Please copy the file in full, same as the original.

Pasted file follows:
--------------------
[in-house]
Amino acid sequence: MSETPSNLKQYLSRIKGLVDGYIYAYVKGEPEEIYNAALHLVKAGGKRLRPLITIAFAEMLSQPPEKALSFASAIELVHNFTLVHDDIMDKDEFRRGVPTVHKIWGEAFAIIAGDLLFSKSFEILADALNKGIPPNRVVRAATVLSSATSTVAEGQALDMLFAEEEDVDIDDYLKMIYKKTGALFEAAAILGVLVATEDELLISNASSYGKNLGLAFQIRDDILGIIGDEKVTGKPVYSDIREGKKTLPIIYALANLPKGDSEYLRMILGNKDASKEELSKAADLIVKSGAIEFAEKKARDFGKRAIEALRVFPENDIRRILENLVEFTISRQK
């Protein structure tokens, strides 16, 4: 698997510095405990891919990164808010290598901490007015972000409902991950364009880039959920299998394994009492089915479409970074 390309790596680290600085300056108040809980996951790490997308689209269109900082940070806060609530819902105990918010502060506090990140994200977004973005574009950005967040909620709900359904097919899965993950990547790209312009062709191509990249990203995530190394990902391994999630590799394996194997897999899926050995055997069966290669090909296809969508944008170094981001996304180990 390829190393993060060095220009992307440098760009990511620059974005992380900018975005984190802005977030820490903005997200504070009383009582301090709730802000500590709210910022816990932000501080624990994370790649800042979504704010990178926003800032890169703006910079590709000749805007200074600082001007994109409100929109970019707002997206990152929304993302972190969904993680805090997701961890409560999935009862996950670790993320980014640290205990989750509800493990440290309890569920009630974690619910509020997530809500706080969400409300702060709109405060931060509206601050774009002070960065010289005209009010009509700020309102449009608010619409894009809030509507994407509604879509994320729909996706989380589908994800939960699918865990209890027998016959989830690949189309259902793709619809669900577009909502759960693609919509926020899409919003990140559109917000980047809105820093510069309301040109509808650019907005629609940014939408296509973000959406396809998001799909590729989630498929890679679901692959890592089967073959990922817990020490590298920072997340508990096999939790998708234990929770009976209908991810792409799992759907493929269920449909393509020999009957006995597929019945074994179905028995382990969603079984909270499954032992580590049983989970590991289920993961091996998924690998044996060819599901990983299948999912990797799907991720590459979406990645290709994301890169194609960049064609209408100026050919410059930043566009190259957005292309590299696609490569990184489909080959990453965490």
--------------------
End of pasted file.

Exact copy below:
[in-house]
Amino acid sequence: MSETPSNLKQYLSRIKGLVDGYIYAYVKGEPEEIYNAALHLVKAGGKRLRPLITIAFAEMLSQPPEKALSFASAIELVHNFTLVHDDIMDKDEFRRGVPTVHKIWGEAFAIIAGDLLFSKSFEILADALNKGIPPNRVVRAATVLSSATSTVAEGQALDMLFAEEEDVDIDDYLKMIYKKTGALFEAAAILGVLVATEDELLISNASSYGKNLGLAFQIRDDILGIIGDEKVTGKPVYSDIREGKKTLPIIYALANLPKGDSEYLRMILGNKDASKEELSKAADLIVKSGAIEFAEKKARDFGKRAIEALRVFPENDIRRILENLVEFTISRQK
């Protein structure tokens, strides 16, 4: 698997510095405990891919990164808010290598901490007015972000409902991950364009880039959920299998394994009492089915479409970074 390309790596680290600085300056108040809980996951790490997308689209269109900082940070806060609530819902105990918010502060506090990140994200977004973005574009950005967040909620709900359904097919899965993950990547790209312009062709191509990249990203995530190394990902391994999630590799394996194997897999899926050995055997069966290669090909296809969508944008170094981001996304180990 390829190393993060060095220009992307440098760009990511620059974005992380900018975005984190802005977030820490903005997200504070009383009582301090709730802000500590709210910022816990932000501080624990994370790649800042979504704010990178926003800032890169703006910079590709000749805007200074600082001007994109409100929109970019707002997206990152929304993302972190969904993680805090997701961890409560999935009862996950670790993320980014640290205990989750509800493990440290309890569920009630974690619910509020997530809500706080969400409300702060709109405060931060509206601050774009002070960065010289005209009010009509700020309102449009608010619409894009809030509507994407509604879509994320729909996706989380589908994800939960699918865990209890027998016959989830690949189309259902793709619809669900577009909502759960693609919509926020899409919003990140559109917000980047809105820093510069309301040109509808650019907005629609940014939408296509973000959406396809998001799909590729989630498929890679679901692959890592089967073959990922817990020490590298920072997340508990096999939790998708234990929770009976209908991810792409799992759907493929269920449909393509020999009957006995597929019945074994179905028995382990969603079984909270499954032992580590049983989970590991289920993961091996998924690998044996060819599901990983299948999912990797799907991720590459979406990645290709994301890169194609960049064609209408100026050919410059930043566009190259957005292309590299696609490569990184489909080959990453965490």